Posts Tagged ‘diagnosing’

Breast Cancer Risk Assessment.

Wednesday, April 13th, 2016


Logos 005

A new study in the April 1 issue of Cancer Research reported that women were five times more likely to develop cancer if they had a higher percentage of Ki67, a molecule marker that identifies proliferating cells, in the cells that line the mammary ducts and milk producing lobules. These mammary epithelium cells, undergo drastic changes throughout a woman’s life, and are the location of the majority of breast cancers. Healthy breast tissues the percentage of cells expressing molecular marker Ki67 and p27 was low.

Researchers examined biopsies with some as old as 4 decades earlier, from 302 subjects who had been diagnosed with benign breast disease. They compared tissue from 69 women who later developed cancer to the tissue from the 233 women who did not. Researchers found that those with a higher percentage of Ki67 were five times more likely to develop cancer. Doctors currently test breast tumors for Ki67 levels, yo make decisions about treatment but this was first time Ki67 has been linked to precancerous tissue and used as a predictive tool. Researchers said ” Instead of only telling women that they don’t have cancer, we could test the biopsies and tell women if they were at high risk or low risk for developing breast cancer in the future. ”

Currently, mammograms are considered the best  tool for early detection of breast cancer but there are risks associated with this method including psychological distress, delayed treatment, or over treatment due to false positive and negative results and over diagnosis. In addition mammogram machines use low dose radiation anfd repeated screening can potentially cause cancer.  “If we could minimize unnecessary radiation for women at low risk, that would be good” according to one of the researchers. They further say screening for Ki67 levels would be easy to carry out currently but the researchers want to replicate the results in an independent cohort of women first.

Can RNA in Platelets Diagnose and Classify Cancer and Identify Treatment Strategies?

Wednesday, November 4th, 2015

Logos 005A new study published in the journal Cancer Cell, concluded that from an analysis of tumor RNA  carried in platelets, that play a role in clotting, may be more useful than other liquid biopsy technologies for diagnosing cancer and determining its primary location and potential therapeutic approaches. The researchers found that platelets that have taken up tumor RNA can distinguish among blood samples of healthy individuals and those of patients with six types of cancer. determine the location of the primary tumor, and identify tumors carrying mutations that can guide therapeutic decision making. Researchers said “By combining next-generation sequencing gene expression profiles of platelet RNA with computational algorithm Platelet  we developed. we were able to detect the presence of cancer with 96% accuracy.” …..”RNA signatures also provide valuable information on the type of tumor present in the body and can guide selection of the most optimal treatment for individual patients.” Results were based upon isolated platelets from blood samples taken from 55 healthy individuals, 39 individuals with early stage cancer and 189 patients with advanced metastatic cancer. Patients had either small-cell lung cancer, colorectal cancer, glioblastoma, pancreatic cancer, hepatobiliary cancer or breast cancer.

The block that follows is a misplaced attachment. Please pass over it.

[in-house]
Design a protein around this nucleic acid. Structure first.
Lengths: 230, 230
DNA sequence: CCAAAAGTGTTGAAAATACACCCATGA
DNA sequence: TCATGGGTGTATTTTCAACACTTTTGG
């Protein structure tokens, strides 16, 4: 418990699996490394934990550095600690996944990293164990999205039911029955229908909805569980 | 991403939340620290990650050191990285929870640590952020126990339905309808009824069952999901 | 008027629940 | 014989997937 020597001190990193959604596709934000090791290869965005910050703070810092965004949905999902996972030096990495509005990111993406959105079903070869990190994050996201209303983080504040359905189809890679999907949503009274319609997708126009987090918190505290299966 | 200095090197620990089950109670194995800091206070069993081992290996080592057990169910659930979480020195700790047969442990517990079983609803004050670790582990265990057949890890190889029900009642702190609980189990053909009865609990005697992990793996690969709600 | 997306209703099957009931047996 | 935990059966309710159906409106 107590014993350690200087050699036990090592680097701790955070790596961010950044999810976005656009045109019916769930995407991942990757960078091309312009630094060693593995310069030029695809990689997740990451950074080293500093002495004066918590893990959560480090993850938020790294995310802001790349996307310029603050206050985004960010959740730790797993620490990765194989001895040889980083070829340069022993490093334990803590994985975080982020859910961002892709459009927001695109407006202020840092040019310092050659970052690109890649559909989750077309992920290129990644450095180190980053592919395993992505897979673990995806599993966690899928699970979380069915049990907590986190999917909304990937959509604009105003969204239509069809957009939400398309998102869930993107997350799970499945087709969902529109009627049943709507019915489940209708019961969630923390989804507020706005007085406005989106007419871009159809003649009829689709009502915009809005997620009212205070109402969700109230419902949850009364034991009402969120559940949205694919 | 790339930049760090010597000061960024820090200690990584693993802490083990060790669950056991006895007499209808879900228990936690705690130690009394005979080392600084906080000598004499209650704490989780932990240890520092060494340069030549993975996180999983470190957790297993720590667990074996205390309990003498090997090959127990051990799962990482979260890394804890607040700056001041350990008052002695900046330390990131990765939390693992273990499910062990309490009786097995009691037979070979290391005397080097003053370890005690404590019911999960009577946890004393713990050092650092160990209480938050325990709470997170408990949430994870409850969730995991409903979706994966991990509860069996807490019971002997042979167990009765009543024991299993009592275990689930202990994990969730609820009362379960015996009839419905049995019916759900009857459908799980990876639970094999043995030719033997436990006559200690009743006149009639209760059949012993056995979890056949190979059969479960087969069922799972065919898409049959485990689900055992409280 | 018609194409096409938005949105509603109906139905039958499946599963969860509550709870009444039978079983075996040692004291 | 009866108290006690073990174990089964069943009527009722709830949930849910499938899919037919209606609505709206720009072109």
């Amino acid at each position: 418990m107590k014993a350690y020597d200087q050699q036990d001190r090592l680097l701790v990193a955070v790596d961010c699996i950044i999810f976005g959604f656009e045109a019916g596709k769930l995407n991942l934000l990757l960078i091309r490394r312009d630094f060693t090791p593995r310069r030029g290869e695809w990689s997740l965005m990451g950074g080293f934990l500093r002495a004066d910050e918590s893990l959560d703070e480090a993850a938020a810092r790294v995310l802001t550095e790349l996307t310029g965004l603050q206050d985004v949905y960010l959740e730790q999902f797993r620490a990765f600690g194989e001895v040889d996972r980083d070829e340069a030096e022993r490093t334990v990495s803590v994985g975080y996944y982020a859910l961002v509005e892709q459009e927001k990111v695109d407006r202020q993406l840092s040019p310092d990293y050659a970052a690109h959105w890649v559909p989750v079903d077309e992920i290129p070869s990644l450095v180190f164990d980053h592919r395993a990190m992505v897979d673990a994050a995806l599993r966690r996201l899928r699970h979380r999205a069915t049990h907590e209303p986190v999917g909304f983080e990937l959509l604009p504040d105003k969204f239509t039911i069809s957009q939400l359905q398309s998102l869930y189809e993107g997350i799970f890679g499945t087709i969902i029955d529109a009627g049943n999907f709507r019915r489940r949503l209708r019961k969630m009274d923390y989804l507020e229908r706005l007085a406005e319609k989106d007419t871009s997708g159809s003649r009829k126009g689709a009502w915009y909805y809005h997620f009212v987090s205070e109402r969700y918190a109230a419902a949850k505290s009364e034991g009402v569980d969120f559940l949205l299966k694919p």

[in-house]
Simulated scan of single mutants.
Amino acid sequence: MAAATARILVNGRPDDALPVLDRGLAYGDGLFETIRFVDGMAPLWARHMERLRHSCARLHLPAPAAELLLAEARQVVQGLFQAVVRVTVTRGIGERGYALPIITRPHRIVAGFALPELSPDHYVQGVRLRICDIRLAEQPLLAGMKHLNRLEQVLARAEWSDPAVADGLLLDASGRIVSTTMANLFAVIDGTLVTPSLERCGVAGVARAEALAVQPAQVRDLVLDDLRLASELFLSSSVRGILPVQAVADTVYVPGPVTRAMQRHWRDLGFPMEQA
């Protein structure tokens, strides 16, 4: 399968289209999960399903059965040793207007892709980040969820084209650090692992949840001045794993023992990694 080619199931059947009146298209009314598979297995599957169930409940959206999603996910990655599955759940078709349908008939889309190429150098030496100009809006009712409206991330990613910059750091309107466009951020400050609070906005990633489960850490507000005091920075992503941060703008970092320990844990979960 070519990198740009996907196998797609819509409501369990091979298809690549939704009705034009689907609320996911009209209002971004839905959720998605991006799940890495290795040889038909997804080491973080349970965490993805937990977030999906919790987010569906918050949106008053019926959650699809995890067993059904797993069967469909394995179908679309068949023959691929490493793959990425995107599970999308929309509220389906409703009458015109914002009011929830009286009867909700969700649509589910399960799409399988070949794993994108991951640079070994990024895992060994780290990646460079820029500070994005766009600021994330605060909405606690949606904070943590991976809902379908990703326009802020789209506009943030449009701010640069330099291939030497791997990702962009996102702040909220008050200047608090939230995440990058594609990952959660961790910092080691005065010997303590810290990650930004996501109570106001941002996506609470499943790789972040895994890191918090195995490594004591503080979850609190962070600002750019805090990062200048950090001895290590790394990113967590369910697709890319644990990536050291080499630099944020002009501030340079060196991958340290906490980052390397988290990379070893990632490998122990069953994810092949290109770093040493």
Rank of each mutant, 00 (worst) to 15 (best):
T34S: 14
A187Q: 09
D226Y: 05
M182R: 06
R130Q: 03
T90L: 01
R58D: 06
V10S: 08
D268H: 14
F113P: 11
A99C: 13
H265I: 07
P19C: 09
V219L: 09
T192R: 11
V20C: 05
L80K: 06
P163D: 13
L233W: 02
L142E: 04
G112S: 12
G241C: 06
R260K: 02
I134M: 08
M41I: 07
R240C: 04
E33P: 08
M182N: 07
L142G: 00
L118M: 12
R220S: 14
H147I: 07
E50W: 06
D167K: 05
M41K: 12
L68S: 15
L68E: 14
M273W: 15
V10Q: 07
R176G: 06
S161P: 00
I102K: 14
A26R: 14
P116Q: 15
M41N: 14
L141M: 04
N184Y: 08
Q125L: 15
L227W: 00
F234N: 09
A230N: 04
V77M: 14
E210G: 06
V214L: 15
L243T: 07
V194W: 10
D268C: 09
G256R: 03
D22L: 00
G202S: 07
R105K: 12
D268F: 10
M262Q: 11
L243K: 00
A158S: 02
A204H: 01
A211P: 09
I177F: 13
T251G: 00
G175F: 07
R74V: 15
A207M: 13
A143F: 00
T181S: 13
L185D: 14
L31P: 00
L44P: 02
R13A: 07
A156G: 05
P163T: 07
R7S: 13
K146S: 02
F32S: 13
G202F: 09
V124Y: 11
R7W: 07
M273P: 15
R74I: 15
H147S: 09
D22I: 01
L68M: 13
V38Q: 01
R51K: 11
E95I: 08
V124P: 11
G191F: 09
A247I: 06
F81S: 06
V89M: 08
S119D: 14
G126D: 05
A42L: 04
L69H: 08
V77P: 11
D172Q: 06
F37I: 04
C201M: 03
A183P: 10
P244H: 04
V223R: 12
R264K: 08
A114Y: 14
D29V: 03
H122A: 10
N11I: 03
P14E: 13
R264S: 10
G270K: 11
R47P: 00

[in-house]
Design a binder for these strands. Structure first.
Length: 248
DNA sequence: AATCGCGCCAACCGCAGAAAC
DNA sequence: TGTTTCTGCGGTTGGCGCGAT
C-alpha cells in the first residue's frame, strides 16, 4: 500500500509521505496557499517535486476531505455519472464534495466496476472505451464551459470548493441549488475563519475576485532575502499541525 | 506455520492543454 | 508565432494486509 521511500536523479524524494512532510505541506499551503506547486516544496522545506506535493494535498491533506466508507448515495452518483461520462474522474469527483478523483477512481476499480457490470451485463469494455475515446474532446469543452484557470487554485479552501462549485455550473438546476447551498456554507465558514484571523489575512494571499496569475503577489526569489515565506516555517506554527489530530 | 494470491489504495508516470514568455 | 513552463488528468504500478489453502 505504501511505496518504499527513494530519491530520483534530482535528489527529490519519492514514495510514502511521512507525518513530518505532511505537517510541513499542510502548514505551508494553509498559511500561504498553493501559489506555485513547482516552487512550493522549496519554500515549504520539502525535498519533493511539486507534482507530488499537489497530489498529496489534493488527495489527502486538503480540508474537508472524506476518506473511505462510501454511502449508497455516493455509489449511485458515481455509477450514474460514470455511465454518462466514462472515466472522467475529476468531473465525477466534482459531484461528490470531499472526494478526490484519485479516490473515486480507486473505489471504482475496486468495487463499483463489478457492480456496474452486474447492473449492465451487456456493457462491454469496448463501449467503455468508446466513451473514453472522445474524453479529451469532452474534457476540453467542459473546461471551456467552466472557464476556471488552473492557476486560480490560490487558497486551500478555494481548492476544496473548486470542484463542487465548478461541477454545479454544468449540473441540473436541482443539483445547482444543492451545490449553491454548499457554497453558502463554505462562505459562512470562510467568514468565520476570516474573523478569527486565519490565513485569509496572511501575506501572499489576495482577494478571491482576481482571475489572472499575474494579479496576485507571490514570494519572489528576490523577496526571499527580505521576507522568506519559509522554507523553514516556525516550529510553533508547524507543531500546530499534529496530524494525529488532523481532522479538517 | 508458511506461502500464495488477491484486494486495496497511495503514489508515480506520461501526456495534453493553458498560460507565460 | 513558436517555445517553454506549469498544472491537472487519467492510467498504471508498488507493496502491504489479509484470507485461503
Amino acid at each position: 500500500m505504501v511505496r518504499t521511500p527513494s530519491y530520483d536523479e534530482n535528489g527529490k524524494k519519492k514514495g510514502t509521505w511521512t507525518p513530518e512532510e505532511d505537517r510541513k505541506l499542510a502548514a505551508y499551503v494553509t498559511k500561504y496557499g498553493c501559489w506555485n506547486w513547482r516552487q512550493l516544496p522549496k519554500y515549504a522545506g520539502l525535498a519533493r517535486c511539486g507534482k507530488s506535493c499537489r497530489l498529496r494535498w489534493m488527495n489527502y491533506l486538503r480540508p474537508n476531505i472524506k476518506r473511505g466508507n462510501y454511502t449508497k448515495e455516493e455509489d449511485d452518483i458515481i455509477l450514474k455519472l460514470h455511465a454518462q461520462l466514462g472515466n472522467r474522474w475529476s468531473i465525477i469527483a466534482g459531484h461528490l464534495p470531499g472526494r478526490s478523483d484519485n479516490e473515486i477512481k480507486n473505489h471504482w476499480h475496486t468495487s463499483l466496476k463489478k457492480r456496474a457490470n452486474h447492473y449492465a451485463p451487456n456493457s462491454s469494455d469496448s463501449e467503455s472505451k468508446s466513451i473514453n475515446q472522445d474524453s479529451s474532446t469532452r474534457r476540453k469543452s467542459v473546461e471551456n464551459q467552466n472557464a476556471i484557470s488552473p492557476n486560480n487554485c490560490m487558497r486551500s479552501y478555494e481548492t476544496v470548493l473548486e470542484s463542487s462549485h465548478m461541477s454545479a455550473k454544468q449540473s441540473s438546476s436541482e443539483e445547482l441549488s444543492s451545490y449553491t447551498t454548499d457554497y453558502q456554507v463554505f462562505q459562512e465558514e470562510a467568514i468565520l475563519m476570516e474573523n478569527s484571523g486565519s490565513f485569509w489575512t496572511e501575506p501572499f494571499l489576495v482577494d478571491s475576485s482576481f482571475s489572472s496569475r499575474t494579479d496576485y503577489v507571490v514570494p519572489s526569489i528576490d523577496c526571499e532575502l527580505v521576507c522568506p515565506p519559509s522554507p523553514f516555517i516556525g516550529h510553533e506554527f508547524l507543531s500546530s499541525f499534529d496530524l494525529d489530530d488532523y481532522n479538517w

After analyzing a drop of blood from each individual researchers found more than 5,000 different platelet RNAs. Comparing RNA profiles of healthy individuals with those of cancer patients showed increased levels of almost 1500 RNA molecules–many involved in cancer-associated processes–and reductions of almost 800 in samples from cancer patients. Examining levels of about 1,000 RNAs from almost 300 individuals with the algorithms that classified whether of not cancer was present did so with 96% accuracy. All of the patients with localized tumors and 33 or the 39 with tumors of the central nervous system were accurately diagnosed. Platelet RNA profiles also correctly identified the particular type of cancer in each patient. Research is ongoing.

Do More Examiners Reviewing Results of Mammograms Improve Efficacy of Breast Cancer Detection?

Wednesday, August 19th, 2015

logo1267406_mdA new study published on Medical Express concluded that five independent assessments lead to better results than one or two. Previous researchers found that usually one or even two physicians in Europe review x-rays from mammograms but even when two review them, results are often wrong. About 20% of women with cancer are diagnosed as being cancer free, and about 20 % of those who are cancer free and diagnosed as having cancer. This lead to the study to evaluate collective vs individual intelligence for efficacy when reviewing x-rays.

Using a data set with a large number of mammograms with an independent assessment of each by about one hundred radiologists  as well as the actual health status with a yes or no for cancer on all patients. They found that five independent assessments lead to better results. Simple collective rules such as majority vote or quorum vote in order integrate the vote was used. Compared to the best physician, a collective intellectual vote allowed both the false positives and false negatives from mammograms to be reduced (sensitivity and specificity) ie: cancer diagnosis but no cancer and no cancer diagnosis but cancer. The collective benefit of mammograms begins to occur when three or four physicians are used for the assessment but the benefit of additional assessments significantly start to level off at about 8 or 10 assessments according to the researchers.

New Way to Detect Breast-Cancer Related Lymphedema.

Friday, November 22nd, 2013